Hit Me

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Hit Me

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Hit Me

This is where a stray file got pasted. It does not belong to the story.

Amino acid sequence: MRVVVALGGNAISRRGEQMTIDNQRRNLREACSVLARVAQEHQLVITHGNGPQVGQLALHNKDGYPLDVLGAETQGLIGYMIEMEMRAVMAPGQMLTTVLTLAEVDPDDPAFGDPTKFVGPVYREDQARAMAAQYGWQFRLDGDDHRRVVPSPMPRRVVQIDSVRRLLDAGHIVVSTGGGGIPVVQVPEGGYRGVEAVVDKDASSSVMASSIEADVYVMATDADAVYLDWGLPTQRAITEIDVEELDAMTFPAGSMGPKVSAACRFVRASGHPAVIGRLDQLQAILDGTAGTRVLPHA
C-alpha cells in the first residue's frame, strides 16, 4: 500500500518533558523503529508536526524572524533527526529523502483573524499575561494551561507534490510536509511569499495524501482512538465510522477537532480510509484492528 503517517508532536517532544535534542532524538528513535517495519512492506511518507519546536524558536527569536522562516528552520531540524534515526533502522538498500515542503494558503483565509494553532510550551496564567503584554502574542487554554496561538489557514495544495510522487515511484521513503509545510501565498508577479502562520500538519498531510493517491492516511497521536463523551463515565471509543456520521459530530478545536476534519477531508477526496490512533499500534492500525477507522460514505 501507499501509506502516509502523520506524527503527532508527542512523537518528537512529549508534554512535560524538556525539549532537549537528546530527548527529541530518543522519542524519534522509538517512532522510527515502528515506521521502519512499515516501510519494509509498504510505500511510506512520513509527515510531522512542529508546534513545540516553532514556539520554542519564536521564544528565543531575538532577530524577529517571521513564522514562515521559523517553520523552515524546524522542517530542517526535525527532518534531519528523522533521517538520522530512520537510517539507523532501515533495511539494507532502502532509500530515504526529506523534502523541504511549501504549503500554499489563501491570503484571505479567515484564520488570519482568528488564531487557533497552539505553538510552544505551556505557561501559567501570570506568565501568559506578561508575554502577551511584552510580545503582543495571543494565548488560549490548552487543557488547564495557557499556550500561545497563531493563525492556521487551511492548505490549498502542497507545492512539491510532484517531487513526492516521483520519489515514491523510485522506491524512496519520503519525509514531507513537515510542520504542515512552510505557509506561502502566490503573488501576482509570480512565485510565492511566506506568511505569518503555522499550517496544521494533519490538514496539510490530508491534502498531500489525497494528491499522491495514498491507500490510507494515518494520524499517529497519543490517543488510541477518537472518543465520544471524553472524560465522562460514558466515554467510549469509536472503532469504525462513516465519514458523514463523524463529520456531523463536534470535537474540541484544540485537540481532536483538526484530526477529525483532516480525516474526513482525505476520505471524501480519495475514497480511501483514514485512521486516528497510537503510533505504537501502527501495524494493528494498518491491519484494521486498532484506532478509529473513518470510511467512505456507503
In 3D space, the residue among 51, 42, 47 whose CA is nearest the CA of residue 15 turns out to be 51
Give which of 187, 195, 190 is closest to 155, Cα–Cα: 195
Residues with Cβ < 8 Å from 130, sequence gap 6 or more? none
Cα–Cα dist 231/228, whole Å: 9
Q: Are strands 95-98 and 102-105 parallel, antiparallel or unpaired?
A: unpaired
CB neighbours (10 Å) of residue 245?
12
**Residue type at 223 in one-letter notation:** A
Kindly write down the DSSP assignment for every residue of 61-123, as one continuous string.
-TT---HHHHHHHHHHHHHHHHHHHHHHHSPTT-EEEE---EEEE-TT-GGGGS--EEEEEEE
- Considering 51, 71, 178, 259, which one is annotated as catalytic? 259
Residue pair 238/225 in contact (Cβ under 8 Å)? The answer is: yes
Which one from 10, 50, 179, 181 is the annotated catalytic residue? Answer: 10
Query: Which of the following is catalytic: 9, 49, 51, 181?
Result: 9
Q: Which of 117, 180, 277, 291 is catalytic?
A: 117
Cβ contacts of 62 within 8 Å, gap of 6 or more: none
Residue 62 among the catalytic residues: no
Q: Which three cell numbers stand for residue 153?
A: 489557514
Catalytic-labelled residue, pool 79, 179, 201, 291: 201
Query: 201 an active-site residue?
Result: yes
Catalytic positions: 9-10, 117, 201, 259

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Adapted from great pulp novelist Jim Thompson's A Swell-Looking Babe, featuring the first screenplay by cult novelist Denis Johnson (author of Jesus' Son), directed by Secretary's Steven Shainberg, and starring Elias Koteas, Philip Baker Hall, and William H. Macy, Hit Me boasts an impressive pedigree. Yet it still somehow took seven years and the success of Secretary for the film to receive proper video distribution. Thankfully, Hit Me itself is no worse for wear. While not exactly an overlooked triumph, it's a nifty neo-noir highlighted by a rare starring turn from Koteas, who is best known to kids for his role in the Teenage Mutant Ninja Turtles movies and to adults for his work with such kid-unfriendly directors as David Cronenberg and Atom Egoyan. Koteas stars here as a typically luckless Thompson protagonist, a 31-year-old bellboy bedeviled by a cruel boss at work and an obese, mildly retarded man-child brother at home. Koteas' bleak existence seems to take a turn for the better when he's seduced by cut-rate femme fatale Laure Marsac, a French woman who totes around a miniature Eiffel Tower that seems equally likely to be used as a toy or a weapon. But as is often the case in Thompson's writings, hope is just a prelude to more degradation: Shortly after Marsac and Koteas exchange bodily fluids, Marsac cries rape. To prevent her from filing fraudulent charges, a coworker proposes paying her off with money stolen from the coke-addled astronomy nut in Hall's high-stakes poker game. There's a hint of Jerry Lewis in Koteas' riveting lead performance, and it isn't just the bellboy uniform. He conveys the bottomless rage lurking under his sycophantic exterior, somehow managing to coax sympathy for an inept criminal who isn't above slugging a woman in the mouth to get her to keep quiet. He makes for a terrifically hapless antihero, so the suspense in Hit Me isn't derived from whether the heist will go wrong, but how it will disintegrate. Shainberg displays a keen understanding of the existential darkness underpinning Thompson's noir novels: Hit Me has laughter and comedy, but it's drawn from despair and an intimate knowledge of the myriad failings of the human character. Late in the film, Koteas, fishing for meaning in a random and meaningless world, insists that something must have gone wrong, or else he's a killer and Marsac is a whore. Marsac's silence is telling. In Thompson's noirs, all men are potential killers and all women potential whores; they're just waiting for the right moment to reveal their true character.

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